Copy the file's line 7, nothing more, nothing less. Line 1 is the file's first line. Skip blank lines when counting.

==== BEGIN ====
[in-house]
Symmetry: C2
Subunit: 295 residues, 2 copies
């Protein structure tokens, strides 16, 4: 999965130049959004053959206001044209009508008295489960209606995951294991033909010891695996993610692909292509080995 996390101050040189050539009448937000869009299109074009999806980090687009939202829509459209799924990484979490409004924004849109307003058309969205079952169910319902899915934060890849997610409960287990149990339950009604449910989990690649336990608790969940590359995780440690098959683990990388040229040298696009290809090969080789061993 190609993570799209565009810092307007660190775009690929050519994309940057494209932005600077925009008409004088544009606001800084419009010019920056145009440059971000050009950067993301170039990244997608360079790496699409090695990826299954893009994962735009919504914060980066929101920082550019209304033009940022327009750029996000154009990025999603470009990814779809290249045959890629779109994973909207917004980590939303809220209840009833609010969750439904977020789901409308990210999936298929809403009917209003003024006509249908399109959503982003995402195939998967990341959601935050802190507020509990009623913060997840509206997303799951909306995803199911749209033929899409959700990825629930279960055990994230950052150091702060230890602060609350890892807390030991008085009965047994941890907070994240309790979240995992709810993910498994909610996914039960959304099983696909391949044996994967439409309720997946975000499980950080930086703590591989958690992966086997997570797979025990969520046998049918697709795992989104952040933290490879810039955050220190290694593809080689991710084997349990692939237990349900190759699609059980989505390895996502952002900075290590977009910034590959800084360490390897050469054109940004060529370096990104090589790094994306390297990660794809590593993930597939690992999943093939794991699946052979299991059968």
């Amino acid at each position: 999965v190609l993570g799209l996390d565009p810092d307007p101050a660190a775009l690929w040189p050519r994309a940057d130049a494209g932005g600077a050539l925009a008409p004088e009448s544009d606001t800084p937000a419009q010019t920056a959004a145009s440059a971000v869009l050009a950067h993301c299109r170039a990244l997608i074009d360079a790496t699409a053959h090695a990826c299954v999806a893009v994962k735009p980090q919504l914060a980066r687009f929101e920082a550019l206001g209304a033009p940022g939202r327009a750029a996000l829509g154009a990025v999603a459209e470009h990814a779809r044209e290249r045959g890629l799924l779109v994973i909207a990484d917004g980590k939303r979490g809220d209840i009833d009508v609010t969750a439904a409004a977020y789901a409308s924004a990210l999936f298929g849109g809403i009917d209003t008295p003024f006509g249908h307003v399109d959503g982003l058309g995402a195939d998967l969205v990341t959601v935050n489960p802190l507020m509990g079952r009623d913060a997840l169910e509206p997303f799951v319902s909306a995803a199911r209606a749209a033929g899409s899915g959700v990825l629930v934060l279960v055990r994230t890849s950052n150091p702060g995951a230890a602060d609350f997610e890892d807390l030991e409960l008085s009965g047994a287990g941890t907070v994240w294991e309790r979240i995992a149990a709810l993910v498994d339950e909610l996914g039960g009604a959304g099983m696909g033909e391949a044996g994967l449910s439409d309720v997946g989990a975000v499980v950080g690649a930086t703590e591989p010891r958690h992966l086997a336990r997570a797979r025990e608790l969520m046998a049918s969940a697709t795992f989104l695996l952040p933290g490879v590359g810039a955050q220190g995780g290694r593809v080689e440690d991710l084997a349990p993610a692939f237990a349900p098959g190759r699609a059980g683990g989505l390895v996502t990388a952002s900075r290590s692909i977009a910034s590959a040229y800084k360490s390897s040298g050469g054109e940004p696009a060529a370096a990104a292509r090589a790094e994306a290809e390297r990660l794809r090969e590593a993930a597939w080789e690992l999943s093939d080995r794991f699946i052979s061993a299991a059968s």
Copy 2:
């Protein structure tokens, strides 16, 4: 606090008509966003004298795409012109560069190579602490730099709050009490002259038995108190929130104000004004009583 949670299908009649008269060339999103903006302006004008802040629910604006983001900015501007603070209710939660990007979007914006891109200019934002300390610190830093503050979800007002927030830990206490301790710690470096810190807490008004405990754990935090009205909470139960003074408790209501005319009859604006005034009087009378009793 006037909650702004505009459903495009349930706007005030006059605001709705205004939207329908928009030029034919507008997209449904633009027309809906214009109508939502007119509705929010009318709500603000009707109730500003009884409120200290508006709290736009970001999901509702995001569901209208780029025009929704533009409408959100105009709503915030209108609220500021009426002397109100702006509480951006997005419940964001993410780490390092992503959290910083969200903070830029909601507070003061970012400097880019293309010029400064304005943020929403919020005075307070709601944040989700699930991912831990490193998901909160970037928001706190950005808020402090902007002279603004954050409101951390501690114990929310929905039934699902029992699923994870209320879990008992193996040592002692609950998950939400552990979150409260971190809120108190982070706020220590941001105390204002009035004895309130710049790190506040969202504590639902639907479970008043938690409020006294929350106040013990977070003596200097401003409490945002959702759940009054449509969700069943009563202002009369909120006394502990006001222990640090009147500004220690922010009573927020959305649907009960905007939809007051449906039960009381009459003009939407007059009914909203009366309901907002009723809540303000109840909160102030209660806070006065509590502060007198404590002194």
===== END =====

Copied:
């Protein structure tokens, strides 16, 4: 606090008509966003004298795409012109560069190579602490730099709050009490002259038995108190929130104000004004009583 949670299908009649008269060339999103903006302006004008802040629910604006983001900015501007603070209710939660990007979007914006891109200019934002300390610190830093503050979800007002927030830990206490301790710690470096810190807490008004405990754990935090009205909470139960003074408790209501005319009859604006005034009087009378009793 006037909650702004505009459903495009349930706007005030006059605001709705205004939207329908928009030029034919507008997209449904633009027309809906214009109508939502007119509705929010009318709500603000009707109730500003009884409120200290508006709290736009970001999901509702995001569901209208780029025009929704533009409408959100105009709503915030209108609220500021009426002397109100702006509480951006997005419940964001993410780490390092992503959290910083969200903070830029909601507070003061970012400097880019293309010029400064304005943020929403919020005075307070709601944040989700699930991912831990490193998901909160970037928001706190950005808020402090902007002279603004954050409101951390501690114990929310929905039934699902029992699923994870209320879990008992193996040592002692609950998950939400552990979150409260971190809120108190982070706020220590941001105390204002009035004895309130710049790190506040969202504590639902639907479970008043938690409020006294929350106040013990977070003596200097401003409490945002959702759940009054449509969700069943009563202002009369909120006394502990006001222990640090009147500004220690922010009573927020959305649907009960905007939809007051449906039960009381009459003009939407007059009914909203009366309901907002009723809540303000109840909160102030209660806070006065509590502060007198404590002194």